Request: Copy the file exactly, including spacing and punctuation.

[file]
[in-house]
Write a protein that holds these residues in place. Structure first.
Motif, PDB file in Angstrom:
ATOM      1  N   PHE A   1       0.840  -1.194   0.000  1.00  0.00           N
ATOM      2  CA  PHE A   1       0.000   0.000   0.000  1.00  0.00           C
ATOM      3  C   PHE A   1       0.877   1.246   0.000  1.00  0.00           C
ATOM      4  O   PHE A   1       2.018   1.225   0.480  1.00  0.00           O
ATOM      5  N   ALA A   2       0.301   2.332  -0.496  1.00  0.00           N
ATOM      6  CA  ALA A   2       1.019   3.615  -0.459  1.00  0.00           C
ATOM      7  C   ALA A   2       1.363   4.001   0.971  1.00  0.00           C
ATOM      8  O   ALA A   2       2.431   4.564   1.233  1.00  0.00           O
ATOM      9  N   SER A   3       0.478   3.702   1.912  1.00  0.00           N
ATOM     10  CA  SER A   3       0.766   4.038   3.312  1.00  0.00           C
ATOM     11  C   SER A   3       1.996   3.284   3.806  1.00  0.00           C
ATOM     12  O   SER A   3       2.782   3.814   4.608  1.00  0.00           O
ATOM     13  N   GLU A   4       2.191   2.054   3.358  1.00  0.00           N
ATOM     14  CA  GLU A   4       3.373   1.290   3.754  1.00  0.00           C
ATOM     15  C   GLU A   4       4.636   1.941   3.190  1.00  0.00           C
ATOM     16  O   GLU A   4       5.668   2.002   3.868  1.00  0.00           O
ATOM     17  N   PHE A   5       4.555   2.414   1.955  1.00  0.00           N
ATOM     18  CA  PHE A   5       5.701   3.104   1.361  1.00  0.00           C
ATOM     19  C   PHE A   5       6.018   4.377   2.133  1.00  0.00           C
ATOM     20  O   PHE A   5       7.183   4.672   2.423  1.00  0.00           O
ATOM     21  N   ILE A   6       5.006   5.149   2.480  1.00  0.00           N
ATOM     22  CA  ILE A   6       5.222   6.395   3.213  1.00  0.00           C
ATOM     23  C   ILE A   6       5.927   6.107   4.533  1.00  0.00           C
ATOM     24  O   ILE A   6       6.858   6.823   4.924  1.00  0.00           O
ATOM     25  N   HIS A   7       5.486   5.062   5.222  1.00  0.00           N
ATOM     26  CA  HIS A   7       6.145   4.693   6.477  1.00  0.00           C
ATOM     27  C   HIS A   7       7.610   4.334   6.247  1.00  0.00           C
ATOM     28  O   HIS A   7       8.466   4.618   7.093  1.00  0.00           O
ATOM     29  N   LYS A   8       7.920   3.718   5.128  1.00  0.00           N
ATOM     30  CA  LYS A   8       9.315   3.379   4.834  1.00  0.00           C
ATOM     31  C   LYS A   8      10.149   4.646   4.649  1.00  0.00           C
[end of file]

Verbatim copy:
[in-house]
Write a protein that holds these residues in place. Structure first.
Motif, PDB file in Angstrom:
ATOM      1  N   PHE A   1       0.840  -1.194   0.000  1.00  0.00           N
ATOM      2  CA  PHE A   1       0.000   0.000   0.000  1.00  0.00           C
ATOM      3  C   PHE A   1       0.877   1.246   0.000  1.00  0.00           C
ATOM      4  O   PHE A   1       2.018   1.225   0.480  1.00  0.00           O
ATOM      5  N   ALA A   2       0.301   2.332  -0.496  1.00  0.00           N
ATOM      6  CA  ALA A   2       1.019   3.615  -0.459  1.00  0.00           C
ATOM      7  C   ALA A   2       1.363   4.001   0.971  1.00  0.00           C
ATOM      8  O   ALA A   2       2.431   4.564   1.233  1.00  0.00           O
ATOM      9  N   SER A   3       0.478   3.702   1.912  1.00  0.00           N
ATOM     10  CA  SER A   3       0.766   4.038   3.312  1.00  0.00           C
ATOM     11  C   SER A   3       1.996   3.284   3.806  1.00  0.00           C
ATOM     12  O   SER A   3       2.782   3.814   4.608  1.00  0.00           O
ATOM     13  N   GLU A   4       2.191   2.054   3.358  1.00  0.00           N
ATOM     14  CA  GLU A   4       3.373   1.290   3.754  1.00  0.00           C
ATOM     15  C   GLU A   4       4.636   1.941   3.190  1.00  0.00           C
ATOM     16  O   GLU A   4       5.668   2.002   3.868  1.00  0.00           O
ATOM     17  N   PHE A   5       4.555   2.414   1.955  1.00  0.00           N
ATOM     18  CA  PHE A   5       5.701   3.104   1.361  1.00  0.00           C
ATOM     19  C   PHE A   5       6.018   4.377   2.133  1.00  0.00           C
ATOM     20  O   PHE A   5       7.183   4.672   2.423  1.00  0.00           O
ATOM     21  N   ILE A   6       5.006   5.149   2.480  1.00  0.00           N
ATOM     22  CA  ILE A   6       5.222   6.395   3.213  1.00  0.00           C
ATOM     23  C   ILE A   6       5.927   6.107   4.533  1.00  0.00           C
ATOM     24  O   ILE A   6       6.858   6.823   4.924  1.00  0.00           O
ATOM     25  N   HIS A   7       5.486   5.062   5.222  1.00  0.00           N
ATOM     26  CA  HIS A   7       6.145   4.693   6.477  1.00  0.00           C
ATOM     27  C   HIS A   7       7.610   4.334   6.247  1.00  0.00           C
ATOM     28  O   HIS A   7       8.466   4.618   7.093  1.00  0.00           O
ATOM     29  N   LYS A   8       7.920   3.718   5.128  1.00  0.00           N
ATOM     30  CA  LYS A   8       9.315   3.379   4.834  1.00  0.00           C
ATOM     31  C   LYS A   8      10.149   4.646   4.649  1.00  0.00           C